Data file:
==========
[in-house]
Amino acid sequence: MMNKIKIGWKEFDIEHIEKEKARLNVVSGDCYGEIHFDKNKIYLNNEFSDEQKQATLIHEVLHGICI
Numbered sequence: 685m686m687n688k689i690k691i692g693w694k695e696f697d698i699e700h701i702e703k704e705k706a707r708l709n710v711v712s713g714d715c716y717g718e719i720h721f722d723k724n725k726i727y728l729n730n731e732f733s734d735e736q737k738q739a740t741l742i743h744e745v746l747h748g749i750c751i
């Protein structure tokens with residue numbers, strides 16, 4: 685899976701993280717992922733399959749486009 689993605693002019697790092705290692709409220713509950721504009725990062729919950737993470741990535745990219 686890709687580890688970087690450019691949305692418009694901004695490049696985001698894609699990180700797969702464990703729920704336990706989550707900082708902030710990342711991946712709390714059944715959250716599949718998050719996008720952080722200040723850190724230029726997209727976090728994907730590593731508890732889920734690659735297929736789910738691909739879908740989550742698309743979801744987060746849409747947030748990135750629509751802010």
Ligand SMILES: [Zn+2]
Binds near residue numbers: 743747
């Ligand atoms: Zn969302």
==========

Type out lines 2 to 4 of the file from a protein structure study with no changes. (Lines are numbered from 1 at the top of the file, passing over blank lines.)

Amino acid sequence: MMNKIKIGWKEFDIEHIEKEKARLNVVSGDCYGEIHFDKNKIYLNNEFSDEQKQATLIHEVLHGICI
Numbered sequence: 685m686m687n688k689i690k691i692g693w694k695e696f697d698i699e700h701i702e703k704e705k706a707r708l709n710v711v712s713g714d715c716y717g718e719i720h721f722d723k724n725k726i727y728l729n730n731e732f733s734d735e736q737k738q739a740t741l742i743h744e745v746l747h748g749i750c751i
């Protein structure tokens with residue numbers, strides 16, 4: 685899976701993280717992922733399959749486009 689993605693002019697790092705290692709409220713509950721504009725990062729919950737993470741990535745990219 686890709687580890688970087690450019691949305692418009694901004695490049696985001698894609699990180700797969702464990703729920704336990706989550707900082708902030710990342711991946712709390714059944715959250716599949718998050719996008720952080722200040723850190724230029726997209727976090728994907730590593731508890732889920734690659735297929736789910738691909739879908740989550742698309743979801744987060746849409747947030748990135750629509751802010």